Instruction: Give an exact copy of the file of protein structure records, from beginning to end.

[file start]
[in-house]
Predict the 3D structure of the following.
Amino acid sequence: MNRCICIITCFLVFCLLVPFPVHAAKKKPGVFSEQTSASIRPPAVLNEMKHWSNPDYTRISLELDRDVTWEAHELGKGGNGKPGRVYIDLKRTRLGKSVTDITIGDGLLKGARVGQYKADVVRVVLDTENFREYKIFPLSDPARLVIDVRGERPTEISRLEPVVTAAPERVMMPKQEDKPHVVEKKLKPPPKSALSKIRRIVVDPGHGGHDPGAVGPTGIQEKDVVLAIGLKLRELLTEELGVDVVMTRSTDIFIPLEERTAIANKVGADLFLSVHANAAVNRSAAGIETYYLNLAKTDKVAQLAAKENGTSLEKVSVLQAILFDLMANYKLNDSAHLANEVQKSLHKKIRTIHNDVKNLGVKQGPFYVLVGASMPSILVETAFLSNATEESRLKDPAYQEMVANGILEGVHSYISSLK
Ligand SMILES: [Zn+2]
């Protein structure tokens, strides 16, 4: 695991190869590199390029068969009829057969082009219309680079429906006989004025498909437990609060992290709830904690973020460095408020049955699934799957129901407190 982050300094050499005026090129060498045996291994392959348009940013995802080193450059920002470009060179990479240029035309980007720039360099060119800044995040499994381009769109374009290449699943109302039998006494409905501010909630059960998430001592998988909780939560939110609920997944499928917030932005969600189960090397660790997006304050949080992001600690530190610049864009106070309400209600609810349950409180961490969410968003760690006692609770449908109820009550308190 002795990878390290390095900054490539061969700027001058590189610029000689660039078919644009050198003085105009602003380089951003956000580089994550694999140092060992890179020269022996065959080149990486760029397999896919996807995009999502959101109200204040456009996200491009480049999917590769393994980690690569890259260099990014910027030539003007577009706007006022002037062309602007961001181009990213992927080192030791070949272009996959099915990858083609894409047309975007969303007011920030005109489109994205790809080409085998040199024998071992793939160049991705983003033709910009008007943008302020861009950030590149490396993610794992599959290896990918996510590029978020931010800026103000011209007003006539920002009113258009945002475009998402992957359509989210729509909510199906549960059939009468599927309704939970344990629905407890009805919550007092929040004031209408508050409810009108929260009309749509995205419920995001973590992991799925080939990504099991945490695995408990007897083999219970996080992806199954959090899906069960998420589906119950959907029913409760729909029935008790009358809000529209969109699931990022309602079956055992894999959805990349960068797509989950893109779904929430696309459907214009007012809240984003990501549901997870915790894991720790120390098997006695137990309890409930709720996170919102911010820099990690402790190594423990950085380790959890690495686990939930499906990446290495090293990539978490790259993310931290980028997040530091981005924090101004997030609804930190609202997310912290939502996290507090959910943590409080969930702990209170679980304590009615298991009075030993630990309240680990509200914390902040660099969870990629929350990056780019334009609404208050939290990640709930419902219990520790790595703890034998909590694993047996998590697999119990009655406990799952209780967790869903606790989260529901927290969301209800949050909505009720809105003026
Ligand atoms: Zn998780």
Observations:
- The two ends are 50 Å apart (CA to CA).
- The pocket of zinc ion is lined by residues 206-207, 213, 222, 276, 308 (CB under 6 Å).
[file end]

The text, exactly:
[in-house]
Predict the 3D structure of the following.
Amino acid sequence: MNRCICIITCFLVFCLLVPFPVHAAKKKPGVFSEQTSASIRPPAVLNEMKHWSNPDYTRISLELDRDVTWEAHELGKGGNGKPGRVYIDLKRTRLGKSVTDITIGDGLLKGARVGQYKADVVRVVLDTENFREYKIFPLSDPARLVIDVRGERPTEISRLEPVVTAAPERVMMPKQEDKPHVVEKKLKPPPKSALSKIRRIVVDPGHGGHDPGAVGPTGIQEKDVVLAIGLKLRELLTEELGVDVVMTRSTDIFIPLEERTAIANKVGADLFLSVHANAAVNRSAAGIETYYLNLAKTDKVAQLAAKENGTSLEKVSVLQAILFDLMANYKLNDSAHLANEVQKSLHKKIRTIHNDVKNLGVKQGPFYVLVGASMPSILVETAFLSNATEESRLKDPAYQEMVANGILEGVHSYISSLK
Ligand SMILES: [Zn+2]
């Protein structure tokens, strides 16, 4: 695991190869590199390029068969009829057969082009219309680079429906006989004025498909437990609060992290709830904690973020460095408020049955699934799957129901407190 982050300094050499005026090129060498045996291994392959348009940013995802080193450059920002470009060179990479240029035309980007720039360099060119800044995040499994381009769109374009290449699943109302039998006494409905501010909630059960998430001592998988909780939560939110609920997944499928917030932005969600189960090397660790997006304050949080992001600690530190610049864009106070309400209600609810349950409180961490969410968003760690006692609770449908109820009550308190 002795990878390290390095900054490539061969700027001058590189610029000689660039078919644009050198003085105009602003380089951003956000580089994550694999140092060992890179020269022996065959080149990486760029397999896919996807995009999502959101109200204040456009996200491009480049999917590769393994980690690569890259260099990014910027030539003007577009706007006022002037062309602007961001181009990213992927080192030791070949272009996959099915990858083609894409047309975007969303007011920030005109489109994205790809080409085998040199024998071992793939160049991705983003033709910009008007943008302020861009950030590149490396993610794992599959290896990918996510590029978020931010800026103000011209007003006539920002009113258009945002475009998402992957359509989210729509909510199906549960059939009468599927309704939970344990629905407890009805919550007092929040004031209408508050409810009108929260009309749509995205419920995001973590992991799925080939990504099991945490695995408990007897083999219970996080992806199954959090899906069960998420589906119950959907029913409760729909029935008790009358809000529209969109699931990022309602079956055992894999959805990349960068797509989950893109779904929430696309459907214009007012809240984003990501549901997870915790894991720790120390098997006695137990309890409930709720996170919102911010820099990690402790190594423990950085380790959890690495686990939930499906990446290495090293990539978490790259993310931290980028997040530091981005924090101004997030609804930190609202997310912290939502996290507090959910943590409080969930702990209170679980304590009615298991009075030993630990309240680990509200914390902040660099969870990629929350990056780019334009609404208050939290990640709930419902219990520790790595703890034998909590694993047996998590697999119990009655406990799952209780967790869903606790989260529901927290969301209800949050909505009720809105003026
Ligand atoms: Zn998780």
Observations:
- The two ends are 50 Å apart (CA to CA).
- The pocket of zinc ion is lined by residues 206-207, 213, 222, 276, 308 (CB under 6 Å).